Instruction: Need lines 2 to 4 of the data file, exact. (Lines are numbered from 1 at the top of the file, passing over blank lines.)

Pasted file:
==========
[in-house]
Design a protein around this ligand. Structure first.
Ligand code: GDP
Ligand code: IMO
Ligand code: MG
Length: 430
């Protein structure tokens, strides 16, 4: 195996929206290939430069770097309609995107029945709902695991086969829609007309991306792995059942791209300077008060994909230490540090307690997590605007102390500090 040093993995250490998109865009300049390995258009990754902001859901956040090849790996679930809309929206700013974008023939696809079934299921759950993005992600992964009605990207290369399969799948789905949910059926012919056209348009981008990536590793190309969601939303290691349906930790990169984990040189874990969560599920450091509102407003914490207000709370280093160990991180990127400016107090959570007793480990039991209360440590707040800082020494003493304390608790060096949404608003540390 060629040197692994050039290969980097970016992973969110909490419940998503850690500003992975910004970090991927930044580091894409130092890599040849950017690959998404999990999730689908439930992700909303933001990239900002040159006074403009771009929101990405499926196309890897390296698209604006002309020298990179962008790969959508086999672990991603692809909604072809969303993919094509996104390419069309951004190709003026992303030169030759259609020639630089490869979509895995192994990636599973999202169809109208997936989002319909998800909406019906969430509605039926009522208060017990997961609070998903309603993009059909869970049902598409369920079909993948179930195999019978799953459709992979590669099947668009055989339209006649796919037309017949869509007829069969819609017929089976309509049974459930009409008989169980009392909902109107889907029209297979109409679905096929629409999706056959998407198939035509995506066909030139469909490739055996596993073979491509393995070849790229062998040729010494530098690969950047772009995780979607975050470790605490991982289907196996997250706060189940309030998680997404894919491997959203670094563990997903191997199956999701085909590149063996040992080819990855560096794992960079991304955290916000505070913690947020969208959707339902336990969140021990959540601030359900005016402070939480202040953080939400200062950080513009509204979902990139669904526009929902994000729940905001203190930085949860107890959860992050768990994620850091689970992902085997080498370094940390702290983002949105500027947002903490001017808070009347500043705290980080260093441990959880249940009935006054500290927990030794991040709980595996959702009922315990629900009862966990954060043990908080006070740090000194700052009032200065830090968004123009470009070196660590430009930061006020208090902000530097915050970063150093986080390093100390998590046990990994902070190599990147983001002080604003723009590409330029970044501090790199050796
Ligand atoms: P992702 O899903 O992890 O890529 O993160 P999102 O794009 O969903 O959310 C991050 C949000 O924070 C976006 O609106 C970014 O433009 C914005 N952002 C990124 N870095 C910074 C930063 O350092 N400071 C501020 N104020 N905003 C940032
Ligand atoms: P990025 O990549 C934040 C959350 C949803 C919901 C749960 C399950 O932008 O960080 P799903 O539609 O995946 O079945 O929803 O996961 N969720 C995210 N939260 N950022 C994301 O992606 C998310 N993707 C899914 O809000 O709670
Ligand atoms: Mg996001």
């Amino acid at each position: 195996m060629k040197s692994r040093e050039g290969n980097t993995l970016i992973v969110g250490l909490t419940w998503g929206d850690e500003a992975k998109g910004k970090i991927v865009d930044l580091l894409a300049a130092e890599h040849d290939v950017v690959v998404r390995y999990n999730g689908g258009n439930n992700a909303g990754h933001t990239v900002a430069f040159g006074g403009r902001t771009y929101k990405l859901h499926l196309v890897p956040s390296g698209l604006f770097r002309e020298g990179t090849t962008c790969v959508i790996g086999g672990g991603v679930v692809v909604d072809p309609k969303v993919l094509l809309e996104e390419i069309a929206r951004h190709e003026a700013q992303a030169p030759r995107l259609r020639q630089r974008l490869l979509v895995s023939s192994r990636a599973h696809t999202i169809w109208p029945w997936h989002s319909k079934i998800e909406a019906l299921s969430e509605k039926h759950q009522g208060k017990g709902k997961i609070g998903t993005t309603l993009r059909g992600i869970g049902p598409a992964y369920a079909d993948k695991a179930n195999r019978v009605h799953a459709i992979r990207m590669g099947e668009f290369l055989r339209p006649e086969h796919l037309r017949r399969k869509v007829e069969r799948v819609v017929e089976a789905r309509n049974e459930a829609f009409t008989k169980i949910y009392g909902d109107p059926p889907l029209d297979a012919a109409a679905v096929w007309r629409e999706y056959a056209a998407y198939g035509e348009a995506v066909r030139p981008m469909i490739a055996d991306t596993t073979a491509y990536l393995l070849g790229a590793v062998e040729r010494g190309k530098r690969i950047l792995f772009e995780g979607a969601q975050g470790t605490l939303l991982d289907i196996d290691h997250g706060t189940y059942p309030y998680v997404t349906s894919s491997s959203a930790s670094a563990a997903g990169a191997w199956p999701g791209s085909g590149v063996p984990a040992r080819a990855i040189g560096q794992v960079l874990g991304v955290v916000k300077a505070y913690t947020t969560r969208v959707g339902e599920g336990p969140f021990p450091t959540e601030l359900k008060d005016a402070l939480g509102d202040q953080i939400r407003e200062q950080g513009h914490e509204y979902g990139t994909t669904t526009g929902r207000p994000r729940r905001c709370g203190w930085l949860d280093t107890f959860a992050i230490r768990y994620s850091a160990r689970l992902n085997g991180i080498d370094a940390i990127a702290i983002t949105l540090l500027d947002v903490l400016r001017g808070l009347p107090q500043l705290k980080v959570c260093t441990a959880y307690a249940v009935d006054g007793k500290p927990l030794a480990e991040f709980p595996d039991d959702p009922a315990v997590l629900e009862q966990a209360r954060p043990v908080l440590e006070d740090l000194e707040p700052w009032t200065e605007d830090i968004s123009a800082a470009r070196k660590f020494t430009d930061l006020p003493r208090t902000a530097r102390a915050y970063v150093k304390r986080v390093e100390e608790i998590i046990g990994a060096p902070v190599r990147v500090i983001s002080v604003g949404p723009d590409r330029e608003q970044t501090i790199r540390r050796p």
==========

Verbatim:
Design a protein around this ligand. Structure first.
Ligand code: GDP
Ligand code: IMO